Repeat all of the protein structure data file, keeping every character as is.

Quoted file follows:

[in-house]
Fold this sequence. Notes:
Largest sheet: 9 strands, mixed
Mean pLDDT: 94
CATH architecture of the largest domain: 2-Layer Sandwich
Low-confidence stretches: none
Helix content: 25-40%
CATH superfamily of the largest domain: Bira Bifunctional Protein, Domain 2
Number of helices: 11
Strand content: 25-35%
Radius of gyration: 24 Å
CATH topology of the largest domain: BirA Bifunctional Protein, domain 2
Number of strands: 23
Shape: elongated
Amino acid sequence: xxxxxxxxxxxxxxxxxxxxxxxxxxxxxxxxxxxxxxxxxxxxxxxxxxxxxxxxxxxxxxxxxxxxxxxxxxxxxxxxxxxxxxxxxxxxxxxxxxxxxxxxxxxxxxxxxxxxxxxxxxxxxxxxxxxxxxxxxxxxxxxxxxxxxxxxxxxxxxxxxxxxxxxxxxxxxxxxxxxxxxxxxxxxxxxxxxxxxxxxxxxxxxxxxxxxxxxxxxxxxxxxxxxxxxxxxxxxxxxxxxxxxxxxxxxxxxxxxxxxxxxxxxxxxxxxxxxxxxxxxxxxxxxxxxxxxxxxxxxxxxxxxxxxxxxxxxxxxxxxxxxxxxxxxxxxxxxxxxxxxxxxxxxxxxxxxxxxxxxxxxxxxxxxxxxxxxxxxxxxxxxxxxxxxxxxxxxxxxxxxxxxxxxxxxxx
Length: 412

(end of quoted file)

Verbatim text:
[in-house]
Fold this sequence. Notes:
Largest sheet: 9 strands, mixed
Mean pLDDT: 94
CATH architecture of the largest domain: 2-Layer Sandwich
Low-confidence stretches: none
Helix content: 25-40%
CATH superfamily of the largest domain: Bira Bifunctional Protein, Domain 2
Number of helices: 11
Strand content: 25-35%
Radius of gyration: 24 Å
CATH topology of the largest domain: BirA Bifunctional Protein, domain 2
Number of strands: 23
Shape: elongated
Amino acid sequence: xxxxxxxxxxxxxxxxxxxxxxxxxxxxxxxxxxxxxxxxxxxxxxxxxxxxxxxxxxxxxxxxxxxxxxxxxxxxxxxxxxxxxxxxxxxxxxxxxxxxxxxxxxxxxxxxxxxxxxxxxxxxxxxxxxxxxxxxxxxxxxxxxxxxxxxxxxxxxxxxxxxxxxxxxxxxxxxxxxxxxxxxxxxxxxxxxxxxxxxxxxxxxxxxxxxxxxxxxxxxxxxxxxxxxxxxxxxxxxxxxxxxxxxxxxxxxxxxxxxxxxxxxxxxxxxxxxxxxxxxxxxxxxxxxxxxxxxxxxxxxxxxxxxxxxxxxxxxxxxxxxxxxxxxxxxxxxxxxxxxxxxxxxxxxxxxxxxxxxxxxxxxxxxxxxxxxxxxxxxxxxxxxxxxxxxxxxxxxxxxxxxxxxxxxxxx
Length: 412